Maybe a swift acknowledgement of guilt, a statement of contrition from player and club (who may not have been on the charge sheet, but must be regarded as having a degree of culpability), would have resulted in leniency. We will never know. The suspicion now, though, is that his £30m centre-back, whose morose mien peers at us daily through the raindrops of his windscreen, may have to contemplate a three-month ban. Or in practical terms, in the region of a 23-game suspension.
The case of the Old Trafford One has become a cause célèbre; a defining moment in the sport's approach to drug-testing and, indeed, in the question of the FA's ability to assert itself and deal effectively with those who transgress the system. Its task gets ever more complicated. Yesterday, a tabloid newspaper revealed that it has passed on to UK Sport the names of five Premiership players, four of them past or present internationals, whom it claims have taken cocaine.
Crime and punishment, FA-style, was once a relatively straightforward affair; these days, it appears to take as long as it would to read every word of Dostoevsky's opus. It required well over five weeks for charges even to be brought against Ferdinand, though one would have to question whether there would have been that delay had Manchester United - with the honourable exception of Sir Bobby Charlton, apparently the only voice of reason within the club - and the players' union, the PFA, adopted a more reasonable stance from the start.
This week, the PFA's chief executive, Gordon Taylor, leapt feverishly on the FA's announcement that his member would be charged with "failure or refusal" to submit to a drug test like some would-be Perry Mason, claiming some kind of victory because the word "wilful" was not included, which was not only erroneous, but also a thoroughly inappropriate reaction.
Taylor's response has been disappointingly predictable all along since he was confronted with a case which transcends normal disciplinary issues. This is much more than about one individual and one club; this concerns the integrity of the sport. In contrast, Palios has impressed with his quiet determination that the ruling body should mete out tough justice, equitably and consistently.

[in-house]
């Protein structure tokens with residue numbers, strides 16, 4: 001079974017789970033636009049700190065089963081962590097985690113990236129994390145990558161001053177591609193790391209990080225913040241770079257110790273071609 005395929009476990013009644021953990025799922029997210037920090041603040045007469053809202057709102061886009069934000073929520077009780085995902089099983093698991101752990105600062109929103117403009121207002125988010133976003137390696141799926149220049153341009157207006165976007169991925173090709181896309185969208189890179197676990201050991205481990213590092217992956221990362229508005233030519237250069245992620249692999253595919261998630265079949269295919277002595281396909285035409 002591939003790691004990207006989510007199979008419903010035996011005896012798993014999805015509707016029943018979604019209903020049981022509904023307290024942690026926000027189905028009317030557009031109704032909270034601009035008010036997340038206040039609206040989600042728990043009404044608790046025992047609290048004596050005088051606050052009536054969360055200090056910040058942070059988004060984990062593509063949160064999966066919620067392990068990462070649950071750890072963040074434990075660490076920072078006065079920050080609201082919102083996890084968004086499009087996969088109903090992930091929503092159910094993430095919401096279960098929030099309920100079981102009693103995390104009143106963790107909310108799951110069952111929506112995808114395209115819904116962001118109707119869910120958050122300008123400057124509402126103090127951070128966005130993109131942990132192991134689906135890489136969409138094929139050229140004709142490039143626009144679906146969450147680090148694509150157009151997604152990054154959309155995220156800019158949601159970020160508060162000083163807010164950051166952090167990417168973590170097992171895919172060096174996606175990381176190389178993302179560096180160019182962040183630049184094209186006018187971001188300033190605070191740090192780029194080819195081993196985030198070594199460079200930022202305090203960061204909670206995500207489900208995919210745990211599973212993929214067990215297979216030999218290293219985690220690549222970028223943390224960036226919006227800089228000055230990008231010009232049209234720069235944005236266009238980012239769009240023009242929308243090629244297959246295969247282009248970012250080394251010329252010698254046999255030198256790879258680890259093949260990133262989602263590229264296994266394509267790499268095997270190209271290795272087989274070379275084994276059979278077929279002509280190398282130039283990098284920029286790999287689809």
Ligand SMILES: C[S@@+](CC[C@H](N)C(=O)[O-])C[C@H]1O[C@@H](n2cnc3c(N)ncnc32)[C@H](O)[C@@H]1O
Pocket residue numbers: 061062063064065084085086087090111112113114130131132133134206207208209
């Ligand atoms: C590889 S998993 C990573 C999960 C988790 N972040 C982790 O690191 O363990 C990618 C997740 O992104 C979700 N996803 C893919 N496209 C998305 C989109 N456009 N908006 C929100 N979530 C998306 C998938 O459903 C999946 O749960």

It is quite possible that Ferdinand will persuade the committee that he was merely forgetful on that fateful day. Should he receive a lengthy ban, however, the reactions will be fascinating. Will England's best-paid wildcat strikers be threatening another demonstration of solidarity under the leadership of Brother Neville? What will be Ferguson's stance?
In the past, there have been some caustic observations about gentlemen and players, and the competence of the former sitting in judgement of the latter. What do the County Set, those representatives of the amateur game, understand about the professional version, their critics demand. It was never an argument, but here it simply is not relevant. Specifically because the committee is actually removed from any connection with Premiership football, Barry Bright, of the Kent FA, and two other county representatives, are eminently suited to accept the submissions of, no doubt, a plethora of lawyers, and adjudicate objectively.
To his credit, throughout it all, Ferdinand's form has not deserted him. Indeed, if anything it has been enhanced. As his manager said: "He's not enjoying it, obviously, but where he is coping is that he has managed to focus on the football games quite well, and I think that's important to him. His one saving grace is that he has got a football game to look forward to at the moment."
But for how much longer? Something tells you that, come decision day, Ferguson's demeanour will acquire a darkness unseen since David Beckham crossed him.